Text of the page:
Chronicles and weather diaries have long formed the backbone of the documentary evidence used to reconstruct past climates. Questions of interpretation hound both sources, however, and these days, correspondence and ship logbooks are increasingly in vogue. In Munich I heard scholars like Rudolf Brázdil describe how correspondence related to the collection of taxes can yield strikingly detailed climatic reconstructions. Tax records can be placed alongside court documents, toll accounts and maintenance registers as largely quantitative sources that can yield rich climatic data if interpreted using qualitative evidence. New sources – and new methods of source interpretation - can provide data about wind patterns, hailstorms, and other previously unexamined meteorological conditions, deepening our understanding of climate change.
3. We need new ways of conceptualizing the relationship between climate change and human history.
Fernand Braudel, perhaps the greatest historian of the twentieth century, introduced a revolutionary way of conceptualizing time. According to his notion of “total history,” different kinds of historical change transpire differently across time and space. Environmental or economic transformation at a vast scale spanned the centuries, yet the historical “event” was immediate. Understanding the past from this perspective allowed him to gather the entire Mediterranean world into a single narrative using the huge, lumbering structures of history.
The problem for historical climatologists – and indeed, all environmental historians – is that Braudel was wrong. Interdisciplinary research has revealed that many historical structures can be brittle; they can break quickly with immediate yet regionally specific ramifications. For example, climate change influenced by volcanic eruptions and the subsequent expansion of polar ice could alter prevailing weather patterns over the North Sea in one cruel winter. However, the same processes behind routinely cold winters in northern Europe could bring not frost but rather drought to the Mediterranean.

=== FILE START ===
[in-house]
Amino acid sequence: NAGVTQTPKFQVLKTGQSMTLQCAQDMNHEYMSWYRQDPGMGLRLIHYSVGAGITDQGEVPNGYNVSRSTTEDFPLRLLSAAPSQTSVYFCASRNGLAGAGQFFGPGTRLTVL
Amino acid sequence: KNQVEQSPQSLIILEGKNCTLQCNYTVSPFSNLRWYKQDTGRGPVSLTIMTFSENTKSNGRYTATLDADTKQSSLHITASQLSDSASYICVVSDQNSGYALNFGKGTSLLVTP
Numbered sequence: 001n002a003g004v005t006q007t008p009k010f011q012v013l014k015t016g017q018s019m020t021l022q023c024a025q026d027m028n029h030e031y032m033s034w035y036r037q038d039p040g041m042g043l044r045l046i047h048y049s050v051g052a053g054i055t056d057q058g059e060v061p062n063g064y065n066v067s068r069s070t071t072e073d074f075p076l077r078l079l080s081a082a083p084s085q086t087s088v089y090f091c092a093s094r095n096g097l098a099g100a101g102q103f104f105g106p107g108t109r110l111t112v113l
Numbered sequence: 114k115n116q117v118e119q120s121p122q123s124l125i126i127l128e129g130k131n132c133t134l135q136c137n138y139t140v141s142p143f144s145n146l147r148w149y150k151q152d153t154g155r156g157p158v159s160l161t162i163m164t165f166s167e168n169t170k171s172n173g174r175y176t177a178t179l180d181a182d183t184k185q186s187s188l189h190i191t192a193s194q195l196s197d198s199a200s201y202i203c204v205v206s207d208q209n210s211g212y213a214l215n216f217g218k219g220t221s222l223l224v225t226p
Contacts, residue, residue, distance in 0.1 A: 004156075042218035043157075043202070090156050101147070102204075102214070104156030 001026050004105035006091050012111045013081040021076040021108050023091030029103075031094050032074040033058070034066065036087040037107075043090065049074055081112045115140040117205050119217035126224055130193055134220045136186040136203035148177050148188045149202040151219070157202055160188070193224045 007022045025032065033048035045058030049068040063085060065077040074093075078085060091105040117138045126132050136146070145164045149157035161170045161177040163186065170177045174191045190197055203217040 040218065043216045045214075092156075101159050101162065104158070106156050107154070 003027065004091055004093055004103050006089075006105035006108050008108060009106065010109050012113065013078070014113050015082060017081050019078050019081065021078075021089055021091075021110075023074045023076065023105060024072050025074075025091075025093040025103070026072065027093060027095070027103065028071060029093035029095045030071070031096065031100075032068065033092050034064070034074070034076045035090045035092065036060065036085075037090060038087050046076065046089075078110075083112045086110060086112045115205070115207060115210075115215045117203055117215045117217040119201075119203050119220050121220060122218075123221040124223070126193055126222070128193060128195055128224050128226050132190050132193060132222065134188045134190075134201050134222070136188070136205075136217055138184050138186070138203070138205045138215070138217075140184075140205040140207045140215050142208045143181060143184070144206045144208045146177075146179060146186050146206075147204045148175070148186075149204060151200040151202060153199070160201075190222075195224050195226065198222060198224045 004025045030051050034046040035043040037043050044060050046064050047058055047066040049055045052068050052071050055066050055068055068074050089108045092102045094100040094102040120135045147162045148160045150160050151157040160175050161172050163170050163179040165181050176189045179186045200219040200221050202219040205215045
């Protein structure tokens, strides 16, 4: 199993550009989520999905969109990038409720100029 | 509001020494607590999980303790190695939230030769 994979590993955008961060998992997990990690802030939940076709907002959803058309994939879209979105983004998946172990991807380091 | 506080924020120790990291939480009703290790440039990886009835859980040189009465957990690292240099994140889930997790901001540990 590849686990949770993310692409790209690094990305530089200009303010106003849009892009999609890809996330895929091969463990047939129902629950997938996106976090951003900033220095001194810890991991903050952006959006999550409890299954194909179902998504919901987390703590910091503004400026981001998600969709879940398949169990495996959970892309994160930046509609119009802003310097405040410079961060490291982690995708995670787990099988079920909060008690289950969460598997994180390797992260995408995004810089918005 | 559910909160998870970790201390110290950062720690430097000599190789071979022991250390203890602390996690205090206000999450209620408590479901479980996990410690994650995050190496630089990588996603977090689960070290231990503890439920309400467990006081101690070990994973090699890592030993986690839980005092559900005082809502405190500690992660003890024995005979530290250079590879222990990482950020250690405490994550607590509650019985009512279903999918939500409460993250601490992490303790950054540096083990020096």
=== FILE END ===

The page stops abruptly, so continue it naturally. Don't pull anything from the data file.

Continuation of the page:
So different kinds of historical change can occur across many scales of time and space, and that complicates our attempt to conceptualize connections between past environments and historical events. Human history cannot be modeled – we simply lack all of the necessary variables – but in recent years environmental historians have made great progress going beyond the problematic concepts like footprint metaphor or social metabolism in their efforts to conceptualize the connections between nature and society. In this effort historical climatologists lag behind their peers, and for that reason climate histories can devolve into lists in which weather events likely stimulated by a climatic shift cause environmental changes that contribute to one event after another in the history of a particular region. Historians need to work with colleagues across many disciplines to develop ways of understanding relationships between climate, weather and human history. These ways of understanding might not completely explain the past, but they might help us conceive of historical change more clearly, with insights applicable for our future on a warming planet.